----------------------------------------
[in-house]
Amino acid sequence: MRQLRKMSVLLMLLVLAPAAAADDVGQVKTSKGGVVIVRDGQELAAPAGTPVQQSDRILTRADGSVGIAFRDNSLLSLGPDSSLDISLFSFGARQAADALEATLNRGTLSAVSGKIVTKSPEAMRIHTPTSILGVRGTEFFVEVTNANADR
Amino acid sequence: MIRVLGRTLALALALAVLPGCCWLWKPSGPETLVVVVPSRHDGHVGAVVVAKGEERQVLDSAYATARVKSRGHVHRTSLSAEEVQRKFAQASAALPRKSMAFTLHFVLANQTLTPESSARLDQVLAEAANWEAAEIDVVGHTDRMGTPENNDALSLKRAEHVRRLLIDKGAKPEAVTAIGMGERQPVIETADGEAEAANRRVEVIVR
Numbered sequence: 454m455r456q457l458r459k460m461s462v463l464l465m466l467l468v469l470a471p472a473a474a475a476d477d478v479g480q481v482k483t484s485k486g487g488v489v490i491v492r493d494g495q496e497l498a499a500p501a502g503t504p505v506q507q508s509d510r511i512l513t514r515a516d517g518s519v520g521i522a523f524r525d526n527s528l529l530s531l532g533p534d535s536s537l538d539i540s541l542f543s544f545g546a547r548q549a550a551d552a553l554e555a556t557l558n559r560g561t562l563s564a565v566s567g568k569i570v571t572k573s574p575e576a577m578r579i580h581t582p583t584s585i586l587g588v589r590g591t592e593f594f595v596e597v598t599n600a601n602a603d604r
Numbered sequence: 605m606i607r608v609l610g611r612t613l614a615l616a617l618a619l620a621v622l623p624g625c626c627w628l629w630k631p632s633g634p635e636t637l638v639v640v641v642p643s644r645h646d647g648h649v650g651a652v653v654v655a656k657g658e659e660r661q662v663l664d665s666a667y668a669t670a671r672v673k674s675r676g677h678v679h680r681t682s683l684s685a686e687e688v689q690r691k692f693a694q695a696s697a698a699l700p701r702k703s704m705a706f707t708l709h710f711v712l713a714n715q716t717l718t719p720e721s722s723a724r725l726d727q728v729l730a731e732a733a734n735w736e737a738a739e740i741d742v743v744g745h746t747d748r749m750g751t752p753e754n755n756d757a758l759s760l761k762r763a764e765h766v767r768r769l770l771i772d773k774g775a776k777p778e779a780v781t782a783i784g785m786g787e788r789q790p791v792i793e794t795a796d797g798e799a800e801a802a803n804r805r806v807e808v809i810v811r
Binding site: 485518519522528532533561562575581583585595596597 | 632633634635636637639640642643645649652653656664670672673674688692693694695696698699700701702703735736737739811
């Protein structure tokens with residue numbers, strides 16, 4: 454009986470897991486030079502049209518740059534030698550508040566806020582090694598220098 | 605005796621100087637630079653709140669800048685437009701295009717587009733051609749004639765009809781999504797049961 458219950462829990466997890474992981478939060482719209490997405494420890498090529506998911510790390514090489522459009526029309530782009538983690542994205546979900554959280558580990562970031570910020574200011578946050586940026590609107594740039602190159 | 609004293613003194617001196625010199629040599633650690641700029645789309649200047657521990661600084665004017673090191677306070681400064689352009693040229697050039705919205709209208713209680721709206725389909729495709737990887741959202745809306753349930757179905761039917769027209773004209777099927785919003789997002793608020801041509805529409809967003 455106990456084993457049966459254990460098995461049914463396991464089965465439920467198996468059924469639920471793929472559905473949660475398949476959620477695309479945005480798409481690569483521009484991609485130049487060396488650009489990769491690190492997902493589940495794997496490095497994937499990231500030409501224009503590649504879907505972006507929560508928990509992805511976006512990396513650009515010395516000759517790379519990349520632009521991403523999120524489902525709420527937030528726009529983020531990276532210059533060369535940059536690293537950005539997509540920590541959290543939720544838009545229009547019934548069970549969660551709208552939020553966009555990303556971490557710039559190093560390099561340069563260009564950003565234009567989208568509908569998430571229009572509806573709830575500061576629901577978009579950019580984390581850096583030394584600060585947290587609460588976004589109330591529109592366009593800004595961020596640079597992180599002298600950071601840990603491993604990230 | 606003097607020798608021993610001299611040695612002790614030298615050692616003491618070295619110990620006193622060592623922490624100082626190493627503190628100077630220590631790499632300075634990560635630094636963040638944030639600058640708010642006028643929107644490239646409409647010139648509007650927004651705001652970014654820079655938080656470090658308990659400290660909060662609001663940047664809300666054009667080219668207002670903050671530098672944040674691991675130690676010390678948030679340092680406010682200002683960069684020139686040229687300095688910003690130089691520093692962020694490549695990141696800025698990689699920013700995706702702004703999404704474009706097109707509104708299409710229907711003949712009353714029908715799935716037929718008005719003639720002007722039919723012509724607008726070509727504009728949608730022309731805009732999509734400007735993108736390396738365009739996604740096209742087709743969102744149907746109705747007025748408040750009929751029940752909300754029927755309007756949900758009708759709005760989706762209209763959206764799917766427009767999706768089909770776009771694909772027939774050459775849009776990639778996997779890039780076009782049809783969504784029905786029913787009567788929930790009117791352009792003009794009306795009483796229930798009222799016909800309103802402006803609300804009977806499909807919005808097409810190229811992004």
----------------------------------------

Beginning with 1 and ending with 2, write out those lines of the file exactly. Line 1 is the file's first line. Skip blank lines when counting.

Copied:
[in-house]
Amino acid sequence: MRQLRKMSVLLMLLVLAPAAAADDVGQVKTSKGGVVIVRDGQELAAPAGTPVQQSDRILTRADGSVGIAFRDNSLLSLGPDSSLDISLFSFGARQAADALEATLNRGTLSAVSGKIVTKSPEAMRIHTPTSILGVRGTEFFVEVTNANADR